Player Spotlight - Talia Crichton

SEATTLE - Talia Crichton is smiling a lot these days. The senior defensive end from Lakewood, Calif. is enjoying his football again after a couple of seasons where injuries, namely to a knee, have robbed him some serious playing time. But the knee appears healthy, and the 6-foot-3, 252-pound Crichton is back to the physical terror he started out as in 2009.

Crichton won one of the defensive end jobs going into his second year, but six games in he suffered a knee injury that has been the bane of his existence since. It was during a 35-34 overtime win at home against Oregon State, but for Crichton the win was overshadowed by the damage done. He was hoping to play in the 2010 Holiday Bowl win over Nebraska, but re-injured the knee during practice and has never really been the same since, despite starting the first three games of the 2011 season.

But now Crichton is a full 18 months past the Oregon State injury, and seems to now be playing with the speed and strength that helped earn him valuable minutes as a true frosh in 2009.

Getting to the QB - It's hard to keep reliable statistics over the spring, especially from the defensive side of the ball because the quarterback isn't live, but Crichton - by my unofficial count - has at least one touch sack in each of Washington's first five spring practices in 2012. He joins Andrew Hudson and Josh Shirley as the three ends that have been causing headaches for the Huskies' makeshift offensive line.

Scouting Report - Crichton's game is all about raw athleticism and physicality - basically figuring out how to get a step on you and then exploiting that step with raw strength and explosiveness. He isn't going to necessarily beat QB's around the pocket like Shirley and Hudson have been able to do. His game is more about pinning the edge and not allowing ball-carriers an easy way around or through his zone. When he's at his best, he can pin his ears back with only one idea in mind - kill the quarterback. Because he's one of UW's bigger defensive ends, he's been used a bit inside as a 5 and 7-technique, depending on scheme and down and distance.

Things to work on - Obviously the biggest thing for Crichton at this point is to do everything he can to stay off the ground. All it takes is one cut gone awry for the senior to finish his Husky career on the bench (knock wood). Also, the bigger end constantly has to find that sweet spot between being relentlessly aggressive yet never losing leverage on his side of the ball to let ball carriers slip through without repercussions.

The Senior 'X' Factor - Crichton, along with defensive lineman Semisi Tokolahi, are the seniors along the UW defensive line. They are having to step up to show leadership, along with sophomore defensive end Hauoli Jamora and fellow sophomore Danny Shelton - the disruptive force in the middle that can alter games in the way Alameda Ta'amu used to for the Huskies. The seniors are going to be the 'X' factor this fall, and if Justin Wilcox can get steady production from Crichton and Tokolahi, it'll give him a ton of options when employing their new 34 attack. Crichton, in particular, will be key - because he's big enough to hold an edge inside, allowing the quicker rush linebackers and ends to wreak havoc in the opponent's backfield.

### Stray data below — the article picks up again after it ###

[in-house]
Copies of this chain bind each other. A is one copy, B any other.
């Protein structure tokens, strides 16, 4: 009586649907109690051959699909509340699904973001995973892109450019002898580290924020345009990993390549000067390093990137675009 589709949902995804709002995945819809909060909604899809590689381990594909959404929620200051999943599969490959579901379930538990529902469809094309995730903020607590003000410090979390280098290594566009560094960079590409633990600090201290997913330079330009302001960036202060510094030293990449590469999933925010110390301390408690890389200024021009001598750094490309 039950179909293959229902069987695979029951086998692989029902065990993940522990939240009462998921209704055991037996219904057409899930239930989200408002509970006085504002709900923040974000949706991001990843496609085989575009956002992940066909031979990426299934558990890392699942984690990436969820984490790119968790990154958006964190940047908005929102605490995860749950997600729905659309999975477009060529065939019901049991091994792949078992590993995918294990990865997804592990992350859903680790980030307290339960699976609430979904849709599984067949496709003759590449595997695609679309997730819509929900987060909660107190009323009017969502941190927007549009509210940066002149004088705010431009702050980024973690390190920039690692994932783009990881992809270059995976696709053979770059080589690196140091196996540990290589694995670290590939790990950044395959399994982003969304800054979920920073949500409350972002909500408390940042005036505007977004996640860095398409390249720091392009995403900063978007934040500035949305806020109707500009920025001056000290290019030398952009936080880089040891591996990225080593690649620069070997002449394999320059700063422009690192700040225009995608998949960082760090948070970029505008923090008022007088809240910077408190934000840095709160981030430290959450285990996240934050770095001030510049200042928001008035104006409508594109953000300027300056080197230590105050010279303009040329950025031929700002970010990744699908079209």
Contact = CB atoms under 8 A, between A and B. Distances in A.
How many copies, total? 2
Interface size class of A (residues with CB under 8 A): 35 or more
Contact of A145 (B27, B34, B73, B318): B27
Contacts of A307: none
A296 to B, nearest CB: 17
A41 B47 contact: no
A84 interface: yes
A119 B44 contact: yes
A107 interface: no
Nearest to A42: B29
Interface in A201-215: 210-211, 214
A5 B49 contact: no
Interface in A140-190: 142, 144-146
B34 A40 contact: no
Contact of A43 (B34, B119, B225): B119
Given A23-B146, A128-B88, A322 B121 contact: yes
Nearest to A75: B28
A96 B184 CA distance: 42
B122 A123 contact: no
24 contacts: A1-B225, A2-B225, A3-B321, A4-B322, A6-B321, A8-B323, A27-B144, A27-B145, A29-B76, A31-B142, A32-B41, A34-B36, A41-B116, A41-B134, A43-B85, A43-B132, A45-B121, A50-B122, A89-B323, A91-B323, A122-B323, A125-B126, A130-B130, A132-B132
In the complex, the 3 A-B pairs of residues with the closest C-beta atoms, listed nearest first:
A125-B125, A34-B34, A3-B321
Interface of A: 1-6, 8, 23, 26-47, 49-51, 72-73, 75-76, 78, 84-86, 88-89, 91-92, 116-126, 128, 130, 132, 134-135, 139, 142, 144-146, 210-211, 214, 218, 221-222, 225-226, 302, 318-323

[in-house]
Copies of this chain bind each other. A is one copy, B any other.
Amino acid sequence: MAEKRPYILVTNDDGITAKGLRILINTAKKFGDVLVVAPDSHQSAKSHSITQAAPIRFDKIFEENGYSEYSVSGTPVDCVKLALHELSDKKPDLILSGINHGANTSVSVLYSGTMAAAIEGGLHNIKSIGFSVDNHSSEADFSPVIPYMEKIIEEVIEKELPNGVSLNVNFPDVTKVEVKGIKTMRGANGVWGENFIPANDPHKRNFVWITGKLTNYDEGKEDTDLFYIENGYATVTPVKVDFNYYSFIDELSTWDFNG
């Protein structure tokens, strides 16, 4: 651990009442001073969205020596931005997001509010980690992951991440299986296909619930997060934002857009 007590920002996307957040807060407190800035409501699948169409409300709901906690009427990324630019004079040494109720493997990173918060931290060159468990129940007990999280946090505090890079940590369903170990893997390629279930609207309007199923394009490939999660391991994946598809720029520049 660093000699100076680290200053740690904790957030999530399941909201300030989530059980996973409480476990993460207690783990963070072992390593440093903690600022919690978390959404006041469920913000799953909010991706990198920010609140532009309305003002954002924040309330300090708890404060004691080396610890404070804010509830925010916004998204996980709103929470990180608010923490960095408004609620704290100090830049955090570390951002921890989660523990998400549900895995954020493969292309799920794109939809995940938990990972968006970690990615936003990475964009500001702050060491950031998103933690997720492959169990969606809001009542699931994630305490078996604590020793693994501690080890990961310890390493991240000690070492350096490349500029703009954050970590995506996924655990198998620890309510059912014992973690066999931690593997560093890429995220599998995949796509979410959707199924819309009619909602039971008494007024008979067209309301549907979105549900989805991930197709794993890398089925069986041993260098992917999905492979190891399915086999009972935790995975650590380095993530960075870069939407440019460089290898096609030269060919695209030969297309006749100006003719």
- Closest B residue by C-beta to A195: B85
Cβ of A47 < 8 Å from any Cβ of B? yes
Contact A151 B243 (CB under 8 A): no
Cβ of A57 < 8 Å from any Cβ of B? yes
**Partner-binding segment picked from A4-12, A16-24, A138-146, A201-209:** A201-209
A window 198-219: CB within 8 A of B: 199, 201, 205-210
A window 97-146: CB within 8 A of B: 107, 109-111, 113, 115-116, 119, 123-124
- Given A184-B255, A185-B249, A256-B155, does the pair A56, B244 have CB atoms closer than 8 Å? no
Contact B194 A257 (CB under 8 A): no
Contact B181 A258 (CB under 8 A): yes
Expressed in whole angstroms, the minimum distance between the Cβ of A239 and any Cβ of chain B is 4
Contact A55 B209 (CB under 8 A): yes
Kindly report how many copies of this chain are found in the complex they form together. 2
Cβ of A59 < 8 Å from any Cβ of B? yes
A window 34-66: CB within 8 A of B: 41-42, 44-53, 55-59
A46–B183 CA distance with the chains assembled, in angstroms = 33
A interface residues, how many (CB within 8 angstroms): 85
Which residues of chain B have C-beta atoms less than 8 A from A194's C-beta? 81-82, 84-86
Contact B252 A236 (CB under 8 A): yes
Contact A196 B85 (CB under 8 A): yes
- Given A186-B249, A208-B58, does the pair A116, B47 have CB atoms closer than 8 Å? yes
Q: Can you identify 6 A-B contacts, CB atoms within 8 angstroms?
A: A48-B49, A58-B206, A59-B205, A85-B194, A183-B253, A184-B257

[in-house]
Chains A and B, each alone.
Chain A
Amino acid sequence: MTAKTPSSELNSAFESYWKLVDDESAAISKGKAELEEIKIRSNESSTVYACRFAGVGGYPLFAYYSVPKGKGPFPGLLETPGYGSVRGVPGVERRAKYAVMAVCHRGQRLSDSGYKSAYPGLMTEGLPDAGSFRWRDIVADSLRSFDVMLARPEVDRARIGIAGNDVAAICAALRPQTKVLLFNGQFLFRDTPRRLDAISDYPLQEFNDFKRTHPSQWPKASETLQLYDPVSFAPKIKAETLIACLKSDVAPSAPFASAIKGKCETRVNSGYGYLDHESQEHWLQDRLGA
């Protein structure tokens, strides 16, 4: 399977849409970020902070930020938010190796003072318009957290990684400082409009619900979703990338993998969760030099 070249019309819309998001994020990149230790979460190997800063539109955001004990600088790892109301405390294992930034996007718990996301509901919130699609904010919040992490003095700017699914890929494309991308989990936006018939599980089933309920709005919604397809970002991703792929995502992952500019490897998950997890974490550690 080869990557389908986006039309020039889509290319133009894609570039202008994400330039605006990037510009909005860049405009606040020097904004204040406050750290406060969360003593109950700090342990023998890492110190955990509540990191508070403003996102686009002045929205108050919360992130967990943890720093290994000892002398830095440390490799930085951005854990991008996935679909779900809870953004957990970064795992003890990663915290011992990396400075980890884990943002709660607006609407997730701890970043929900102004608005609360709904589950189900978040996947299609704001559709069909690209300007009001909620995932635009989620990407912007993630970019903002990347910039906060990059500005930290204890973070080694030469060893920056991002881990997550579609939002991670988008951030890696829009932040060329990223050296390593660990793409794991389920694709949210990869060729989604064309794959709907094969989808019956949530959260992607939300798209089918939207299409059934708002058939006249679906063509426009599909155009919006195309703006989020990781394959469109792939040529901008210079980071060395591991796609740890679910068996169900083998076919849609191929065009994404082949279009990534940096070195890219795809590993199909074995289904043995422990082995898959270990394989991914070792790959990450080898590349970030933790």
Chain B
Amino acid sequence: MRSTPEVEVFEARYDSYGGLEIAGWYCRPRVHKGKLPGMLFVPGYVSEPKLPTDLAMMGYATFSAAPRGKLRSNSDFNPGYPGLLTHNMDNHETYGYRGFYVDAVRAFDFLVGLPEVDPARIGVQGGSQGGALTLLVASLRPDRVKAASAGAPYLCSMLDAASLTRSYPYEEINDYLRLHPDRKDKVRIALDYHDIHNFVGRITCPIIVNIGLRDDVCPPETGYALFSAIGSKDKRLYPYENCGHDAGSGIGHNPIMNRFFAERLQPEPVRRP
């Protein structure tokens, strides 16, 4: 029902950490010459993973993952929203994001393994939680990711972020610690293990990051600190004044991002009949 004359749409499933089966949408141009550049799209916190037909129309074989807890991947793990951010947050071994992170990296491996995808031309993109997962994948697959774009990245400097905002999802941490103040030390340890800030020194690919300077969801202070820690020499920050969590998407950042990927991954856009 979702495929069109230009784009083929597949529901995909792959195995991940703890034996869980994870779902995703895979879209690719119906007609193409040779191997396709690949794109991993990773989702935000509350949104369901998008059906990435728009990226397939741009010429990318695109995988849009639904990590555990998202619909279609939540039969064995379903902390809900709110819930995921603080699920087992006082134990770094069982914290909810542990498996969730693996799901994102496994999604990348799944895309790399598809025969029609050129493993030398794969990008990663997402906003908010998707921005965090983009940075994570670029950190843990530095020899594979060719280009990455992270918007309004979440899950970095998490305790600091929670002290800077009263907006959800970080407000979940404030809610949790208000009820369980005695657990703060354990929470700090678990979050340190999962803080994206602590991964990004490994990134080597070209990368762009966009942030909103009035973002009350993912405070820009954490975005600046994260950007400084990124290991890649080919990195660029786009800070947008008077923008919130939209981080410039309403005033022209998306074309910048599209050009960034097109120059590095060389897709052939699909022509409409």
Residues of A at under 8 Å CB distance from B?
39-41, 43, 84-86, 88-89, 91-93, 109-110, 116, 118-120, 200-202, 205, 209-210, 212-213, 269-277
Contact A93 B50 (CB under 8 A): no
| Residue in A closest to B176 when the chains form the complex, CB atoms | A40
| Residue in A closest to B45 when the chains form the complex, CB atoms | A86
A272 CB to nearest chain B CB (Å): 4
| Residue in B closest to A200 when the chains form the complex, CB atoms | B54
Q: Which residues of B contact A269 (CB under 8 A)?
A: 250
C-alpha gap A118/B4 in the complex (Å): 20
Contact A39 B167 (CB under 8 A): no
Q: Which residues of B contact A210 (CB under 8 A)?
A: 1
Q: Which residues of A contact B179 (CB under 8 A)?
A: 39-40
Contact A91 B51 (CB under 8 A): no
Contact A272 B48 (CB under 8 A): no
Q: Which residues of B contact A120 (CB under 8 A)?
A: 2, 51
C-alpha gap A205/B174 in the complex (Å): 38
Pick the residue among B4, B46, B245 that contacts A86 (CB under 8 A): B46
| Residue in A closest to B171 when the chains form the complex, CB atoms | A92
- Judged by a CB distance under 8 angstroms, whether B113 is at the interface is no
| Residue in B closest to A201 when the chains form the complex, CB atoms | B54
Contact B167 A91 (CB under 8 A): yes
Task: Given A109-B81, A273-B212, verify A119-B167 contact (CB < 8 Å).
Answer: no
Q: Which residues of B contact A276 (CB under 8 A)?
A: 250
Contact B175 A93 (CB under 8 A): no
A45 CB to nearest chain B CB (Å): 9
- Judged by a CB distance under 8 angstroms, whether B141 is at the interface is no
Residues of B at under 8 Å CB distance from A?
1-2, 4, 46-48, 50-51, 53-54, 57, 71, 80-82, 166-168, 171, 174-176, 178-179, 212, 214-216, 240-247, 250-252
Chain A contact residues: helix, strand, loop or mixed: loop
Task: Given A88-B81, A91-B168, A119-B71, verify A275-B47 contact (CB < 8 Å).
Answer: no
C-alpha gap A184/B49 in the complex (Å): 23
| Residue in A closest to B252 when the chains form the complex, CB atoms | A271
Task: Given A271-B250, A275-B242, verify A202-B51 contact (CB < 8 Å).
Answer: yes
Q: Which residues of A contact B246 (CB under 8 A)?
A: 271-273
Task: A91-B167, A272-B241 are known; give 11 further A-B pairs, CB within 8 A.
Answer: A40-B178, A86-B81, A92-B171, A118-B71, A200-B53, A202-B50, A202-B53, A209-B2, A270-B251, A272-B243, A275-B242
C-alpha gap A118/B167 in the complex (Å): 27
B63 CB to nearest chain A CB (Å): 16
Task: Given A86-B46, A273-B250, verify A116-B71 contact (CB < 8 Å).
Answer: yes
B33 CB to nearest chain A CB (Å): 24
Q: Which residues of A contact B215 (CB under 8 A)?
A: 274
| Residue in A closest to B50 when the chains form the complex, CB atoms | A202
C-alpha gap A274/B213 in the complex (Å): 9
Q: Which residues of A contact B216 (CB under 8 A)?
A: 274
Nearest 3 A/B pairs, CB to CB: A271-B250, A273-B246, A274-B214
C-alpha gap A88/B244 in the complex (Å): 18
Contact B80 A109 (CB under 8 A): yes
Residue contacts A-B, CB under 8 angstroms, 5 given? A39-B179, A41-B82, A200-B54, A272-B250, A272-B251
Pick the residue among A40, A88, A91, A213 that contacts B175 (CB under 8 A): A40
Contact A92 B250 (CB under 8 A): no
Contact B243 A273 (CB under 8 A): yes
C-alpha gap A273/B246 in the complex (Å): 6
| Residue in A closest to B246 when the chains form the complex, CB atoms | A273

Quotable: "Steady Eddie right now. He's been consistent, he's been explosive. He's doing it in the run game, rushing the passer…we're moving him around much more than we ever have before and he's showing a willingness to do that as well." - Steve Sarkisian on Talia Crichton.
Talia Crichton speaks with the media

Competition - Talia has all sorts of competition from the younger crowd, especially bigger linemen like Sione Potoae, Jarett Finau and Taniela Tupou, and also rush ends like Connor Cree and Corey Waller, but the true value of Crichton's worth to the Washington defensive line lies in the fact that he spans a number of different body types, positions, and uses. He's a hybrid in the truest sense of the term, which allows him to flourish in whatever front Wilcox chooses - 34, 43, 50, odd or even - it really doesn't matter. If it's a three-man front, Crichton can be that bigger anchor that attracts double-teams inside, allowing the ends and outside 'backers a chance on beating their men one-on-one. In the odd front, Crichton has the size to move in snug against the nose guard and bull his way inside. He can also stand up at any spot inside, disguising his true intent pre-snap. It's that kind of versatility that's going to allow Crichton on the field as an every-down lineman in Washington's base defense, and having that kind of personnel will be critical against up-tempo teams like Oregon, teams that don't allow you to comfortably substitute down and distance. Top Stories